The bills now head to the governor, who is expected to sign them.

Next year, MAC will pursue legislation granting counties the ability to relinquish their foreclosing governmental unit responsibilities to the state, should they so choose. At present, the state acts as the foreclosing governmental unit in seven Michigan counties.

For more information on this issue, contact Deena Bosworth at bosworth@micounties.org.


Commission rejects Wayne’s request for construction costs

At its last meeting of 2020 this week, the Michigan Indigent Defense Commission (MIDC) approved a final set of local proposals for spending plans to defend indigent residents accused of crimes.

Prior to the session, the commission had approved plans for 110 of 120 systems, many of which have already received their initial grant distribution. MAC worked diligently with the MIDC to ensure grant contracts and funds were distributed as quickly and efficiently as possible.

At this week’s session, counties that gained full approval included Alger, Kalamazoo and Roscommon.

But the largest system in the state, Wayne County, generated a great deal of debate. Wayne County General Counsel James Heath urged the commission to give full support for the plan, arguing the request for MIDC grant money cover about $5 million for new construction at the criminal justice complex helps Wayne comply with standards requiring confidential meeting space.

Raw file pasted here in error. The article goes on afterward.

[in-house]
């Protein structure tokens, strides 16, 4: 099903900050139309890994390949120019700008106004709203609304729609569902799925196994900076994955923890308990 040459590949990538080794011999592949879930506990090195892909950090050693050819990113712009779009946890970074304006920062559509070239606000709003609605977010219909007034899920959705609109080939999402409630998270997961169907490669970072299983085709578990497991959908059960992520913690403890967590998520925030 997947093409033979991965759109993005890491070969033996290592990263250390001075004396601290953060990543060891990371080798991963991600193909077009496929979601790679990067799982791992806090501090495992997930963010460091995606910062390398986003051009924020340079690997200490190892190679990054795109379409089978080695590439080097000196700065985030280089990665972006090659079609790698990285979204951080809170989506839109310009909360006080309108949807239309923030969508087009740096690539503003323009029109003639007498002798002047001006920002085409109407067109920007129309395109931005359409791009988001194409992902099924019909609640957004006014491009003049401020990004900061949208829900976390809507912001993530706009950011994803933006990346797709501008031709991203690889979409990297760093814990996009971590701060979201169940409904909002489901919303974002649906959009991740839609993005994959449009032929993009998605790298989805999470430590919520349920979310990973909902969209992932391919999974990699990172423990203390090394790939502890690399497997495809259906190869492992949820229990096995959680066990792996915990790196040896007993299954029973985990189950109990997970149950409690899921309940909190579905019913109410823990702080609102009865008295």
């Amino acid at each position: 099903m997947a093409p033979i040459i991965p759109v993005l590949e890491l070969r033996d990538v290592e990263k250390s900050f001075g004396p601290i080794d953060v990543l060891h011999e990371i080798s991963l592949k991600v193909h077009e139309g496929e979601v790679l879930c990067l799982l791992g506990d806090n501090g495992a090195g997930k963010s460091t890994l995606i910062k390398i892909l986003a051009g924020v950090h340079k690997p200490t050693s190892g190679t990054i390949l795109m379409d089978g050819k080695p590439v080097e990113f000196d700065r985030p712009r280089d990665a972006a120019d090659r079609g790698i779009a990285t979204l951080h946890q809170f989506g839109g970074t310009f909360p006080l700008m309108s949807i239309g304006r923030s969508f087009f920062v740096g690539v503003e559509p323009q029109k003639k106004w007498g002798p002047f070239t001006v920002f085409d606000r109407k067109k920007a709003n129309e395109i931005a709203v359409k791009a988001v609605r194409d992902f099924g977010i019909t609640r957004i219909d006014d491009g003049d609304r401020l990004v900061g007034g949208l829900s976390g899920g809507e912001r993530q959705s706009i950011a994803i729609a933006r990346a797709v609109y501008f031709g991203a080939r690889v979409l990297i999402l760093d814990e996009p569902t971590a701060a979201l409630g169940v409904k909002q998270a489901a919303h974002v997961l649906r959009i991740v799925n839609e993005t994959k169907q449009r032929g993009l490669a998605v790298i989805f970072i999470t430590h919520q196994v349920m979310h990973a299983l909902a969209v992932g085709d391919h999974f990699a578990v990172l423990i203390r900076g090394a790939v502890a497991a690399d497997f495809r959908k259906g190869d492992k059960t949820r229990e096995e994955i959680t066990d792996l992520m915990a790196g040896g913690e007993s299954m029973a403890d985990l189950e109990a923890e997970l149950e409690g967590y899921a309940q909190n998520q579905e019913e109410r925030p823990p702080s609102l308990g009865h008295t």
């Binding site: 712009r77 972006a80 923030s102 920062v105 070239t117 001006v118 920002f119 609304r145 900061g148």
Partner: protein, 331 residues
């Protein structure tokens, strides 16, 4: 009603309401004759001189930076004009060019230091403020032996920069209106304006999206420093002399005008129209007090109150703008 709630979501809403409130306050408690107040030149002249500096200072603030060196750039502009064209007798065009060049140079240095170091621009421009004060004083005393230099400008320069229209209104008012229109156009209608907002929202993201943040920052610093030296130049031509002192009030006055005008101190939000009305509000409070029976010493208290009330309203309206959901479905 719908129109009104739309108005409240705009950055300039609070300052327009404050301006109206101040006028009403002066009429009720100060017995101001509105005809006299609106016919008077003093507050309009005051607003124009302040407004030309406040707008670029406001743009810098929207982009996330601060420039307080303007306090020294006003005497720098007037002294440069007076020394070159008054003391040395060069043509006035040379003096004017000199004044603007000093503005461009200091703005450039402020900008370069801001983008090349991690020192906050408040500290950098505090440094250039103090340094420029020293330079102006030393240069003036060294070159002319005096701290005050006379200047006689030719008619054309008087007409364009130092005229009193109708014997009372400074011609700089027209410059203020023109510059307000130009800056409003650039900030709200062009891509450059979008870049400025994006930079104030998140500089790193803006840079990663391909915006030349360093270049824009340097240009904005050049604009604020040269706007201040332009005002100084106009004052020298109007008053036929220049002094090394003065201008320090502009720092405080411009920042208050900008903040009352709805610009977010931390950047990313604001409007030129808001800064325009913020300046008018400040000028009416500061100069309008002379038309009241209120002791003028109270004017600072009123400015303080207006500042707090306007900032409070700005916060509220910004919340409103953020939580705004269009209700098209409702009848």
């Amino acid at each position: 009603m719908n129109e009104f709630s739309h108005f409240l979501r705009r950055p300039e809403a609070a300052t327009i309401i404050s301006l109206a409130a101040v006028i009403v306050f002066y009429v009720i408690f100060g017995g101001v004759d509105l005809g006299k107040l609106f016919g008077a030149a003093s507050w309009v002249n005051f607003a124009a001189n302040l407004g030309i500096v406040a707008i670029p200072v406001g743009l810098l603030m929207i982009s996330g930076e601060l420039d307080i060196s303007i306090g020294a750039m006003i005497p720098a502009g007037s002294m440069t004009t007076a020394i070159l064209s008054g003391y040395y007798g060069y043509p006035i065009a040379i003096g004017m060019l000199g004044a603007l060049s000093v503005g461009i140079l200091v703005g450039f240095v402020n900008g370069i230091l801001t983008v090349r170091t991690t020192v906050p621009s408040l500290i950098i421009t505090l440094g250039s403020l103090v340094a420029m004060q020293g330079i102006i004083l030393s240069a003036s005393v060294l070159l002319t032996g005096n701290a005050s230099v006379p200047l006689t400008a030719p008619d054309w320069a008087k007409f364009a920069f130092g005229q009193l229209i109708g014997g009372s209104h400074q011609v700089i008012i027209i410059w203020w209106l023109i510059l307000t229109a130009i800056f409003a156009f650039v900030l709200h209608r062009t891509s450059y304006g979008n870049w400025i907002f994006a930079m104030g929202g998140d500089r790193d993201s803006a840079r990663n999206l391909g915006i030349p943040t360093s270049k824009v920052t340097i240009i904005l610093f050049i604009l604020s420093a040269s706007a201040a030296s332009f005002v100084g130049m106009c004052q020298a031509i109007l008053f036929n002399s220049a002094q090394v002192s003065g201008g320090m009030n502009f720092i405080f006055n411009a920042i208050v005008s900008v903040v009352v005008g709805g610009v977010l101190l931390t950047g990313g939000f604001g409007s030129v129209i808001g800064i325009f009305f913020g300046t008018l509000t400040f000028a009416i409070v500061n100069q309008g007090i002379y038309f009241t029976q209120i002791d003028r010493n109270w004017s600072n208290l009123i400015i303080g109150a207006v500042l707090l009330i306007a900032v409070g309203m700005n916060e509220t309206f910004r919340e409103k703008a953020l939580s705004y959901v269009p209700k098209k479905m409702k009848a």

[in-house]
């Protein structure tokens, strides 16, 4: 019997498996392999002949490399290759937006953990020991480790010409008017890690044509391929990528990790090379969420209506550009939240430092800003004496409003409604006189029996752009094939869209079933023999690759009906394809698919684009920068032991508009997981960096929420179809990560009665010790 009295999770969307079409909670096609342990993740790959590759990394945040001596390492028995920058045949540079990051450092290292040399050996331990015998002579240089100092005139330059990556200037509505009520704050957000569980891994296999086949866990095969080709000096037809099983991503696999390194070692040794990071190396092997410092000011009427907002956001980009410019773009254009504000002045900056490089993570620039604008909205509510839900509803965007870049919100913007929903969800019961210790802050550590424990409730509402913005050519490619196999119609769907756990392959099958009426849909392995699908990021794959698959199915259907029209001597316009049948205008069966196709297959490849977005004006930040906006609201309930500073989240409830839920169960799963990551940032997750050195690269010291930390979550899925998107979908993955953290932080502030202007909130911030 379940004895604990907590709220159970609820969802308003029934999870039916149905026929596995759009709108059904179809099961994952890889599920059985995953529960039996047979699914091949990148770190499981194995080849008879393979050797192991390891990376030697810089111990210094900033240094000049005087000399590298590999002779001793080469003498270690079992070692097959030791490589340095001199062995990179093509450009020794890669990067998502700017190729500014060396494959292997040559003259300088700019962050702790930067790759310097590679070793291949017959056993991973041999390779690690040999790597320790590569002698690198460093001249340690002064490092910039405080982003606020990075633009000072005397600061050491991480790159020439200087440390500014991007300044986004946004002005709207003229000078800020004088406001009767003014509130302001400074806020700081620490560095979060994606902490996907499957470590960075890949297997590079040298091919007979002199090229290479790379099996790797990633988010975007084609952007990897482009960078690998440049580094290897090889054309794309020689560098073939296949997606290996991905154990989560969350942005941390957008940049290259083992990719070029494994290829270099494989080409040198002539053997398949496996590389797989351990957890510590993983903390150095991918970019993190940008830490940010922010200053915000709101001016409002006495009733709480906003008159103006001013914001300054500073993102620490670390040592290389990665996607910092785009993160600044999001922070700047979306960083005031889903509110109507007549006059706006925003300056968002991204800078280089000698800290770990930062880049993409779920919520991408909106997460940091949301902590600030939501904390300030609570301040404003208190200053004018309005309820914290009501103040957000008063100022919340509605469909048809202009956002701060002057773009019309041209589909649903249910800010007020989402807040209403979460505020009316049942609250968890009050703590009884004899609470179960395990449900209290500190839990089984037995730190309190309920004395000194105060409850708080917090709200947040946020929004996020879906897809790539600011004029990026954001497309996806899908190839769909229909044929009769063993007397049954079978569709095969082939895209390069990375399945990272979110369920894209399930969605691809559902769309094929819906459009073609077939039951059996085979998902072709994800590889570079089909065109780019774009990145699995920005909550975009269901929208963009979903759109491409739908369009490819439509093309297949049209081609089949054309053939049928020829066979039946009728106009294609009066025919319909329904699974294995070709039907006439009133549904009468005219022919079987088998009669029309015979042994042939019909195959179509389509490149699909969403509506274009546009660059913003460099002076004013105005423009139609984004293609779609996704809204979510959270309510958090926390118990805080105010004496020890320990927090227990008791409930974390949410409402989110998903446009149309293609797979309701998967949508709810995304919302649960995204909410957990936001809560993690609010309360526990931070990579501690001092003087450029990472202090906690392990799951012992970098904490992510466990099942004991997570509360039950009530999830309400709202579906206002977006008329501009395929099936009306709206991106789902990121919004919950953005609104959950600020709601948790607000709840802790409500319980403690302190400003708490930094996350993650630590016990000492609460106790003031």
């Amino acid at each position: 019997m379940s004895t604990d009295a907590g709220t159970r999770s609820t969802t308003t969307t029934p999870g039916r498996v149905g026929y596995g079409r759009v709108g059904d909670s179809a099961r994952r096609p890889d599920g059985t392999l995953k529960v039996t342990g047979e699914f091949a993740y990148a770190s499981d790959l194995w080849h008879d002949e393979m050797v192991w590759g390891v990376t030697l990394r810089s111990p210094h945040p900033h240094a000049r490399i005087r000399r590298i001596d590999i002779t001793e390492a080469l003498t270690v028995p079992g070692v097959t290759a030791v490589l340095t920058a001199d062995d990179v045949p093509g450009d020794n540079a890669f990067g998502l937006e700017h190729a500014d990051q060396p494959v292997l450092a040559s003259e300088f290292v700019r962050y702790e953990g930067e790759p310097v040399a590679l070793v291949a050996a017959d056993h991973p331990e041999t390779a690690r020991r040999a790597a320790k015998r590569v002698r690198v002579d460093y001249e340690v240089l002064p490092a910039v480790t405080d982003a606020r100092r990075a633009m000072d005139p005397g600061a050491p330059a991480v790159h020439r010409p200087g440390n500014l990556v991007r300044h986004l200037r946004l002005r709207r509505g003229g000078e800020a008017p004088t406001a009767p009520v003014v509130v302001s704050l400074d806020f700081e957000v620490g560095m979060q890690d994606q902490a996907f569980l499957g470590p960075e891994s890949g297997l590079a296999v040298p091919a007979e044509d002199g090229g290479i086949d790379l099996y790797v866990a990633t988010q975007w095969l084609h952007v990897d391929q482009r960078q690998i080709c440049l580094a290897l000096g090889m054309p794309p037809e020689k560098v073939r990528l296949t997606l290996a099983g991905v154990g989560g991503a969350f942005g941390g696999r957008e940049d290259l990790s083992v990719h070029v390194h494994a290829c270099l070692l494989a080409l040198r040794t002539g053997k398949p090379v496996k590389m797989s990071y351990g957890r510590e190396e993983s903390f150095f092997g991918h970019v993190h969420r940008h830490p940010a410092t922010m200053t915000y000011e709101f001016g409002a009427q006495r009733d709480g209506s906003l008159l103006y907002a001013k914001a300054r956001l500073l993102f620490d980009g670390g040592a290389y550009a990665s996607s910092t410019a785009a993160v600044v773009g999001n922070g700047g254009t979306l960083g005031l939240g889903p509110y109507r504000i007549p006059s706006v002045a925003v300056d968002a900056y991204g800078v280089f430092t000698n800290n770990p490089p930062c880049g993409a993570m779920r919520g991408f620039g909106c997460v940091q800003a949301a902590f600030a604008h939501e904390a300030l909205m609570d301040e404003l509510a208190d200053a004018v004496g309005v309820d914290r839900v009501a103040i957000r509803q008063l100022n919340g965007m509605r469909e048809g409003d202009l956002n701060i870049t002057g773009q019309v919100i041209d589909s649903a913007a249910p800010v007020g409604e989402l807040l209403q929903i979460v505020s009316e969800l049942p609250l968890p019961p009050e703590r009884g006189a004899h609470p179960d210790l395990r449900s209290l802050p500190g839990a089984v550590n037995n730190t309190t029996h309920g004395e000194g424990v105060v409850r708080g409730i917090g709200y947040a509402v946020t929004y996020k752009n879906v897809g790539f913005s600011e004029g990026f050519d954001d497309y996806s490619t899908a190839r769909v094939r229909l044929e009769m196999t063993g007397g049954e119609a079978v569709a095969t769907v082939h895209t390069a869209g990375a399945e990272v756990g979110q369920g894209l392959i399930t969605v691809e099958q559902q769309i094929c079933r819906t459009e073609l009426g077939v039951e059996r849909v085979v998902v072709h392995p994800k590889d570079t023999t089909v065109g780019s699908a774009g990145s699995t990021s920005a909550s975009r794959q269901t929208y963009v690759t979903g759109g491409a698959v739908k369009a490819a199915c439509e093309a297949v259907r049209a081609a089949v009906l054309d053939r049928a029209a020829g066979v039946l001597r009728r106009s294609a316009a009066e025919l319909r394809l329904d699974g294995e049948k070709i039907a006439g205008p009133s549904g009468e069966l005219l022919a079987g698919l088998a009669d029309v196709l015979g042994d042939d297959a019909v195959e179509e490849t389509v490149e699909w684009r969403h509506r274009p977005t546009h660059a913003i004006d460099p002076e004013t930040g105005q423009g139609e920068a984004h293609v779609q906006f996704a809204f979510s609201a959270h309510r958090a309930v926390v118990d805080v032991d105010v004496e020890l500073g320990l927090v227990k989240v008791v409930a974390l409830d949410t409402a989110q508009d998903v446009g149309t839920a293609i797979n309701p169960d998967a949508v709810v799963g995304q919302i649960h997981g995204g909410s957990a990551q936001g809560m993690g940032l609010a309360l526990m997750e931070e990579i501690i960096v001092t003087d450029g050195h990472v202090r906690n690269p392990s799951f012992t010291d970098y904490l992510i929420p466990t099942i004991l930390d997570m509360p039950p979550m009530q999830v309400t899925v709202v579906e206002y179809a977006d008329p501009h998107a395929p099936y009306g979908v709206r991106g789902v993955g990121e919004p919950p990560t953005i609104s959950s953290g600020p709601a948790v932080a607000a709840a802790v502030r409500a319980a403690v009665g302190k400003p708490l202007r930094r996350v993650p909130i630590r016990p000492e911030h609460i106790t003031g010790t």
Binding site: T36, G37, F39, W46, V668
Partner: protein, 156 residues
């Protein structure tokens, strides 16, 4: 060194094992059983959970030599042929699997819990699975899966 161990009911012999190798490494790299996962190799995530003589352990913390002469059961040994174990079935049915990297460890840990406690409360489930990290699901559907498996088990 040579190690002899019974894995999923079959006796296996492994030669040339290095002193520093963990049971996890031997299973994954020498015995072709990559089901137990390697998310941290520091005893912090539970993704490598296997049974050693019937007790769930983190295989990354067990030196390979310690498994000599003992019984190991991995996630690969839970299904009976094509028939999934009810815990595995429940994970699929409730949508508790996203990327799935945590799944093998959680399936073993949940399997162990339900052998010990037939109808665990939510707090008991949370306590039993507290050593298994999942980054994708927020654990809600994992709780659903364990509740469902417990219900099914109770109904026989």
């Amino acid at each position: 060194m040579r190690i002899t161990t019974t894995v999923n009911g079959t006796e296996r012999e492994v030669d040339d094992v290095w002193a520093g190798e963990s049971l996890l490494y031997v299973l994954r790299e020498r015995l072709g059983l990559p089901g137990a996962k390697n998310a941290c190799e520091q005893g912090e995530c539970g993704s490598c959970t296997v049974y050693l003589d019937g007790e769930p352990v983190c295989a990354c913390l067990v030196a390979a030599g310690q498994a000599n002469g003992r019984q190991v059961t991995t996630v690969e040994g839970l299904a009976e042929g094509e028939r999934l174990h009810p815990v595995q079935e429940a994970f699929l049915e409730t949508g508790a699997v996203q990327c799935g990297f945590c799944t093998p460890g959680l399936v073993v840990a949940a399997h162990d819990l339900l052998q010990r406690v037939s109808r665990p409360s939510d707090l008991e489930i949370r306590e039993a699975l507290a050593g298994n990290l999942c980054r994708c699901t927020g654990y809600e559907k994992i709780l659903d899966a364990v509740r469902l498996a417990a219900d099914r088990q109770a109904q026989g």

MIDC staff, however, recommended a conditional approval with everything except the $5 million. Commissioner Jim Fisher moved to adopt the staff recommendation, while Commissioner Andrew DeLeeuw (Washtenaw County) offered an amendment to also approve the new construction. DeLeeuw, supported by Commissioner Margaret McAvoy (Isabella County), argued the spending was easily justifiable per statute and standard 2 and the state is responsible for funding compliance with the standards beyond the local share. Commissioner Tom McMillan asked if the approval of the $5 million would put the MIDC over its budget for FY21, necessitating a request for a supplemental outlay from the Legislature. Executive Director Loren Khogali assured the commission there would be enough in their current budget and they would not need to seek additional funds.

The amendment by DeLeeuw was rejected. The staff recommendation to conditionally approve Wayne’s plan without the new construction costs was approved. The commission meets again on Feb. 23, 2021. (See the agenda.)

For questions, please contact Meghann Keit at keit@micounties.com


Solar energy PILT bills headed to governor

Legislation to exempt solar equipment from ad valorem property taxes and replace the levy with a payment in lieu of taxes (PILT) system cleared the Legislature this week. Although a PILT system, as opposed to a valuation and depreciation model, has its merits, MAC is opposed to the bills and has urged the governor to reject the legislation so the policy discussion can resume in 2021 on a system that addresses some key points.